The Java 8 type annotations (JSR 308) allow type checkers to perform static code analysis. For example, The Checker Framework can check for possible nullness via
Various projects define their own NonNull annotations, for example:
- etc. (see The Checker Framework Manual, section 3.7)
For such annotations, I would expect the
@interface to have
@Retention(RetentionPolicy.CLASS), because they are usually not needed at runtime. Most importantly, the code does not have any runtime dependencies on the respective library.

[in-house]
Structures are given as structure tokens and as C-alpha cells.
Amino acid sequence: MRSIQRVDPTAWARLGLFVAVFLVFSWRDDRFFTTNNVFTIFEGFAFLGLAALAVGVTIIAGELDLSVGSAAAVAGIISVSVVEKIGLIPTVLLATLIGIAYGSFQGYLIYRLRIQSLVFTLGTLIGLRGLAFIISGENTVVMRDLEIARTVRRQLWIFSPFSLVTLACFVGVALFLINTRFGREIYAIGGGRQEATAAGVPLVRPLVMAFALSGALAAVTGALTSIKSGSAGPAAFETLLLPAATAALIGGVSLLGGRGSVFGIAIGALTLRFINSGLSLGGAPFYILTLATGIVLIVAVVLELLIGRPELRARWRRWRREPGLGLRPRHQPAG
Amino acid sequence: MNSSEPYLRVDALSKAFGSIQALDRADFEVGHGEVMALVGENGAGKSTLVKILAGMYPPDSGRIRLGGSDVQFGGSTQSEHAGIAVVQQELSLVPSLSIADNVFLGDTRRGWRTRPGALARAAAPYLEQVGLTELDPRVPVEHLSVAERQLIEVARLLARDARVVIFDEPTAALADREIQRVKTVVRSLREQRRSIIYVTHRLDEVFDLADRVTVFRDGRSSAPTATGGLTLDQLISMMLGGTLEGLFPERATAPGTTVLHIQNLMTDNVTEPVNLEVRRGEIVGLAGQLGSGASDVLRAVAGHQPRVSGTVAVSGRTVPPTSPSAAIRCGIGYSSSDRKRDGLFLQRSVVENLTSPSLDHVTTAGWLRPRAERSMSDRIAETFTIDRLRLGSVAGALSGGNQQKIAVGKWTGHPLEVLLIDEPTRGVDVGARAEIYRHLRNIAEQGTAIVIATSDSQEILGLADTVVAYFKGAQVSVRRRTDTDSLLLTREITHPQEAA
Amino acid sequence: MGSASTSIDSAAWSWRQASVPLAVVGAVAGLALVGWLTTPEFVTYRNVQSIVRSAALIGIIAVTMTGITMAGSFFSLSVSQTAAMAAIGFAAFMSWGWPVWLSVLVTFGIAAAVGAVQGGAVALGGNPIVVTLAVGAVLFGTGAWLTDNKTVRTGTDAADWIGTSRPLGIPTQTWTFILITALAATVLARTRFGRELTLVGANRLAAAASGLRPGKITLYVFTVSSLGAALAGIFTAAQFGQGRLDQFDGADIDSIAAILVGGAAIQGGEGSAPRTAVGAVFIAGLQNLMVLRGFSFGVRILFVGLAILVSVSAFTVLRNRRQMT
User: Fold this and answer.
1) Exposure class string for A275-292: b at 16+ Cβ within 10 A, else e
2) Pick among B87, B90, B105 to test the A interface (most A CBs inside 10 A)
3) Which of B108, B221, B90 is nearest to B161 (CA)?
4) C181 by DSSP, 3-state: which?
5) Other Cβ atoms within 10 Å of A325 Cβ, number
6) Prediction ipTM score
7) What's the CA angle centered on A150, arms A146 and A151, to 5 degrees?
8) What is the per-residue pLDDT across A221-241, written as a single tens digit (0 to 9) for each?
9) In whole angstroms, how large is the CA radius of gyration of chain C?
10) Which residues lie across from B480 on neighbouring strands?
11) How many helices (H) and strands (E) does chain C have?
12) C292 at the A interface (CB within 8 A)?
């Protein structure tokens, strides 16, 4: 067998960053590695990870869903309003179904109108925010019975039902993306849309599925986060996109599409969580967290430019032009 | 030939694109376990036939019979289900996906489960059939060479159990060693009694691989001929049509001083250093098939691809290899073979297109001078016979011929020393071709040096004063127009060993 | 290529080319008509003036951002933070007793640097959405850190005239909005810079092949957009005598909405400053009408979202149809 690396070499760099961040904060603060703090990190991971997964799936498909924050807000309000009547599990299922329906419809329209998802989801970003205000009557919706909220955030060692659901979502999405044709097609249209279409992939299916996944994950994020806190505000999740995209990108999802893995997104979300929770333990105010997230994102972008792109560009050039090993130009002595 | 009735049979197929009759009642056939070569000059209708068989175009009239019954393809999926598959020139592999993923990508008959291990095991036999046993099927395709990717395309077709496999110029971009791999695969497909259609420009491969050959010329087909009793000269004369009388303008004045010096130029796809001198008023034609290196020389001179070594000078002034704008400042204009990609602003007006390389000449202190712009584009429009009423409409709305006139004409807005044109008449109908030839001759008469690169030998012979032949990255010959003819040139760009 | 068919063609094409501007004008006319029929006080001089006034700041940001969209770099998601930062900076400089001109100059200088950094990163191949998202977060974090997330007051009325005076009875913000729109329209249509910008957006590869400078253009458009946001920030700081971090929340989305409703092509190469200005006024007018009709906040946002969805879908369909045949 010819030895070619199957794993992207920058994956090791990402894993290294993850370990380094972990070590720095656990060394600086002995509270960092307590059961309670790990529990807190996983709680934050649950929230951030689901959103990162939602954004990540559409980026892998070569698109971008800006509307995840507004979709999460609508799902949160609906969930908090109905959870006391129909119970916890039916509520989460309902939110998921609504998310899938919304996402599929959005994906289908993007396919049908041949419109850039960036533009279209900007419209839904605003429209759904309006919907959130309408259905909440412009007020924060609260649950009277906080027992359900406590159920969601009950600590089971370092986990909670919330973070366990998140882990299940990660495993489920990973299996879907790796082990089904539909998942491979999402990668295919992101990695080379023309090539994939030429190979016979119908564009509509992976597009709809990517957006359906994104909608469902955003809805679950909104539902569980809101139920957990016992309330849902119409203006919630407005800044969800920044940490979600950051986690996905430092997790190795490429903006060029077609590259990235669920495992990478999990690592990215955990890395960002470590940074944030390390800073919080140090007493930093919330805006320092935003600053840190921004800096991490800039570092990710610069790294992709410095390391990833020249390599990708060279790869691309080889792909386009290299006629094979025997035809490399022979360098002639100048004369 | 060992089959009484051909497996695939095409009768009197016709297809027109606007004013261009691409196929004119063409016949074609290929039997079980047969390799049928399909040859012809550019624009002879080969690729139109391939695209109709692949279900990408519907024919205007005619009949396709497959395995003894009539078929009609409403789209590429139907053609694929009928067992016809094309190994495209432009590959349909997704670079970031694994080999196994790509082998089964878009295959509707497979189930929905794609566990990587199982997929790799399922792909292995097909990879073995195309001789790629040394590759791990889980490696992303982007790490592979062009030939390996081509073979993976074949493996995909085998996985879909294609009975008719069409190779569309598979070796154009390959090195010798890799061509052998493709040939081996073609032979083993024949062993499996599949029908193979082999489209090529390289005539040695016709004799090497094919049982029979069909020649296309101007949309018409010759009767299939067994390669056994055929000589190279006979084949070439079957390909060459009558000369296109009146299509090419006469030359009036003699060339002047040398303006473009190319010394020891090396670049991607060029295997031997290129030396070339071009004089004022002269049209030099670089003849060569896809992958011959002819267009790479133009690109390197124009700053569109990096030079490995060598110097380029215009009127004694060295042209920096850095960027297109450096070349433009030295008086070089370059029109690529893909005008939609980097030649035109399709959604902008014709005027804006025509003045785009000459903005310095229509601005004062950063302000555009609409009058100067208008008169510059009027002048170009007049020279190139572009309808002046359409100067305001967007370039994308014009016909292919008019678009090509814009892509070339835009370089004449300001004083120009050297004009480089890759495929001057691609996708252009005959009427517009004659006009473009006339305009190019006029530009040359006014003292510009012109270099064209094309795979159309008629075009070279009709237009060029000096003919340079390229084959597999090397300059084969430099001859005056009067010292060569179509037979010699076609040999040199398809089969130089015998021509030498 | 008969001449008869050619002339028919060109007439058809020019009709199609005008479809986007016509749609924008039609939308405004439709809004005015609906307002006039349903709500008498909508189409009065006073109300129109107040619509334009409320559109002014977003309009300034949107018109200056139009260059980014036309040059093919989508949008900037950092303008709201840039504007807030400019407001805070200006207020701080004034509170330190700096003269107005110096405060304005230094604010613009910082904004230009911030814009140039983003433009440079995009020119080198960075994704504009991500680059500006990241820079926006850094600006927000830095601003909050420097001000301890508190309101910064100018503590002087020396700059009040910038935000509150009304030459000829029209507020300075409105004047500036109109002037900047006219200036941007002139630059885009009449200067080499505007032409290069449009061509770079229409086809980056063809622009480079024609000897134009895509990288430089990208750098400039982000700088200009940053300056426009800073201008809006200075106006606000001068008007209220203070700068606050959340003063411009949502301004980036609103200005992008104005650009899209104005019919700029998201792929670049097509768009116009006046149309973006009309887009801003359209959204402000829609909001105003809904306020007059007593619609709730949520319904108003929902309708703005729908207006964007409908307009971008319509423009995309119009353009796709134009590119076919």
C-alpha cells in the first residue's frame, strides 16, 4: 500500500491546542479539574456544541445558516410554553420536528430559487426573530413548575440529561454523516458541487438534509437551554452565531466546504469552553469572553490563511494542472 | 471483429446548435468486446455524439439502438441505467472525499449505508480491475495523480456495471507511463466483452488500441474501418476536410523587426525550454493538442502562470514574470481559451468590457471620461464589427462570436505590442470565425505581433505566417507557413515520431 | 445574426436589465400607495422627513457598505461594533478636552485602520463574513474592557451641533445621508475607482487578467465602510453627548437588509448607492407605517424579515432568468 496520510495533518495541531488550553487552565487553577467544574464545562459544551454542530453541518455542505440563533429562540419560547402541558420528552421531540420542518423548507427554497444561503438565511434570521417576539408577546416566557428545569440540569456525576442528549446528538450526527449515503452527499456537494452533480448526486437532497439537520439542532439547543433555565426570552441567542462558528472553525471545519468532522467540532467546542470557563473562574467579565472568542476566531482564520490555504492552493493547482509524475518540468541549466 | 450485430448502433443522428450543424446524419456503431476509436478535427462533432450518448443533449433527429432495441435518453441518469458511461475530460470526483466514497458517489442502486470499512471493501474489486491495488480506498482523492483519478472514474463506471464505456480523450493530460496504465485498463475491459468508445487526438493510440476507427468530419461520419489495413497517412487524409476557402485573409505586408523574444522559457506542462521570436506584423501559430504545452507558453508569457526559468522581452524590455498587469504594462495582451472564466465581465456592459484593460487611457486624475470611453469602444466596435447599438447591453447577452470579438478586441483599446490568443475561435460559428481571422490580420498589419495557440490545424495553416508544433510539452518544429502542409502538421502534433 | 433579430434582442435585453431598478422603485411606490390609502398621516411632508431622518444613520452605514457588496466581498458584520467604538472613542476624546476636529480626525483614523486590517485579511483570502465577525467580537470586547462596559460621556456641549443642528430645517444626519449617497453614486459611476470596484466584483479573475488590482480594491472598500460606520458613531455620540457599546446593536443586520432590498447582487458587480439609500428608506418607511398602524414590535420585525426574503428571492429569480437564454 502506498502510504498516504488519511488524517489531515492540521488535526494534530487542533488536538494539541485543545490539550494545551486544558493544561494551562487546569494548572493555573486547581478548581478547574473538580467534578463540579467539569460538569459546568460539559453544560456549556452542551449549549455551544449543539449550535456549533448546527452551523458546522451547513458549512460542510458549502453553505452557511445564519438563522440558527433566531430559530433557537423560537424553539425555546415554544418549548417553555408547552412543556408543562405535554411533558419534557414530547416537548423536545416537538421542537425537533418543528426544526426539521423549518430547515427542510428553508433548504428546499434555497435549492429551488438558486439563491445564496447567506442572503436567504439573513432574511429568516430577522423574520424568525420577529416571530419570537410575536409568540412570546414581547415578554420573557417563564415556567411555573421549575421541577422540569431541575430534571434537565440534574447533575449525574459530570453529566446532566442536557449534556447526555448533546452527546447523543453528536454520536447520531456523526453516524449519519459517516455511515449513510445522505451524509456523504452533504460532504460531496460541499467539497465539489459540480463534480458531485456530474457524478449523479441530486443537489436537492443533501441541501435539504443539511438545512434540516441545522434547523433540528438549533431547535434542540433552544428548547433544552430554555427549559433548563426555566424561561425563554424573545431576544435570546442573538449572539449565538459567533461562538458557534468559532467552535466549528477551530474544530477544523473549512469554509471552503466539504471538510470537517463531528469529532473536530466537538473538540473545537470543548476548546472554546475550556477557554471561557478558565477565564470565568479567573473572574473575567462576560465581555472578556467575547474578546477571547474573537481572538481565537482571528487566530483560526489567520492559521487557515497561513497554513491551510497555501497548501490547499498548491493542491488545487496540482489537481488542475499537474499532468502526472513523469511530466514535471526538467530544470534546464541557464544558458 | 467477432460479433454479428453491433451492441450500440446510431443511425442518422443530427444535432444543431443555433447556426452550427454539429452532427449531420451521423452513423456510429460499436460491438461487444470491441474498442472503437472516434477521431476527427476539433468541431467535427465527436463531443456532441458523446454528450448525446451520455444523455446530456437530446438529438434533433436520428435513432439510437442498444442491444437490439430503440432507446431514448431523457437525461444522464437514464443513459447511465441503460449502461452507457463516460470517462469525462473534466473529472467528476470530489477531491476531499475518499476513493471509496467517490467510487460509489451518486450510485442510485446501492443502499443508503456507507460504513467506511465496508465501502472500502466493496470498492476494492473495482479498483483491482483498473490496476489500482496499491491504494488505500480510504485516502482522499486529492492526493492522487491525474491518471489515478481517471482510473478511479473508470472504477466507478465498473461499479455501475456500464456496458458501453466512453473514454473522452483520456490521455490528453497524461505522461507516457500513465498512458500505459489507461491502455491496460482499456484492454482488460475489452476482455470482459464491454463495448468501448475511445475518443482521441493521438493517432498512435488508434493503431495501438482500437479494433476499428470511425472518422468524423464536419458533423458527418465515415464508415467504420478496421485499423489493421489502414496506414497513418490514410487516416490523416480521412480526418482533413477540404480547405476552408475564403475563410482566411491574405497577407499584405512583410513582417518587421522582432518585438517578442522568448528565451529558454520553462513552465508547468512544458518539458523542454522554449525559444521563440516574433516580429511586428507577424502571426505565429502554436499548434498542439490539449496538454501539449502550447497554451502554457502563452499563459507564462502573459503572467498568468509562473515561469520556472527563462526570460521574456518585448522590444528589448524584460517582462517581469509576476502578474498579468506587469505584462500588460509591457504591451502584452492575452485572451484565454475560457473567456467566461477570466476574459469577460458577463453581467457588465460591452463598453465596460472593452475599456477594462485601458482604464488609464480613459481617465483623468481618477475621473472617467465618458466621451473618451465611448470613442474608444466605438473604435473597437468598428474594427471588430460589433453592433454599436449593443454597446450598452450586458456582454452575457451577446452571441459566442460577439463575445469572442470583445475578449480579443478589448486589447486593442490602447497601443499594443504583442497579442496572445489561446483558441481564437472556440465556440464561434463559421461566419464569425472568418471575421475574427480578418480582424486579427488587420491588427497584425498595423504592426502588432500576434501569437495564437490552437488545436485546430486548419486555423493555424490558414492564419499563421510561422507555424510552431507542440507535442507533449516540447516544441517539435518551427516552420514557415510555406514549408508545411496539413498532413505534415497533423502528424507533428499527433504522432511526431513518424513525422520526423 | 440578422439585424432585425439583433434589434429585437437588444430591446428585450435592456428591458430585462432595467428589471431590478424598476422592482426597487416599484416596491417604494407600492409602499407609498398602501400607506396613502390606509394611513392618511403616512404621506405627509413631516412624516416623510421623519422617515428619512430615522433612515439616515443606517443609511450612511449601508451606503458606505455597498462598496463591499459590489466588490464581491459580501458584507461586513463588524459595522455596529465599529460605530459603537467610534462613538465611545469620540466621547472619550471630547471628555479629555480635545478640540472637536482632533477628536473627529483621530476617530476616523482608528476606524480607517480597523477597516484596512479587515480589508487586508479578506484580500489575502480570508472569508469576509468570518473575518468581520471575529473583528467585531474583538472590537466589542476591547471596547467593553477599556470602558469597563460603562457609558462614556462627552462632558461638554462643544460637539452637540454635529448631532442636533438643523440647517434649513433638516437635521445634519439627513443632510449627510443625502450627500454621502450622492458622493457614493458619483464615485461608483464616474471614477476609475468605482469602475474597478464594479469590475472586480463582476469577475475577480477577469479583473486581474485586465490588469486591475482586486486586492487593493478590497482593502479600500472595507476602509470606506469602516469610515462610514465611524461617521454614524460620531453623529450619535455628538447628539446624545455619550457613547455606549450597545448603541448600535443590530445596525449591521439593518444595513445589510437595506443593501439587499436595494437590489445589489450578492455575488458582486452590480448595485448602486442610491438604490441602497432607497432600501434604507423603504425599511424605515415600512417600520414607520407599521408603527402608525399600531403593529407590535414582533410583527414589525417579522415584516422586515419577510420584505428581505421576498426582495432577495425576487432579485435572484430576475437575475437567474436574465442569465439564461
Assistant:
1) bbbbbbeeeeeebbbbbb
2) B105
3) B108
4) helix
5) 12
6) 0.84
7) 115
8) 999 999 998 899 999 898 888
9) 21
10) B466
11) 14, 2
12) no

org.eclipse.jdt.annotation.NonNull follows this approach, most other NonNull annotations, like
javax.annotation.Nonnull (JSR 305) and
org.checkerframework.checker.nullness.qual.NonNull itself, have
@Retention(RetentionPolicy.RUNTIME). Is there any particular reason for the
RetentionPolicy.RUNTIME in these annotations?
Clarification: The Checker Framework supports annotations in comments for backward compatibility. However, using those in Java 8 just to avoid runtime dependencies seems like a dirty hack.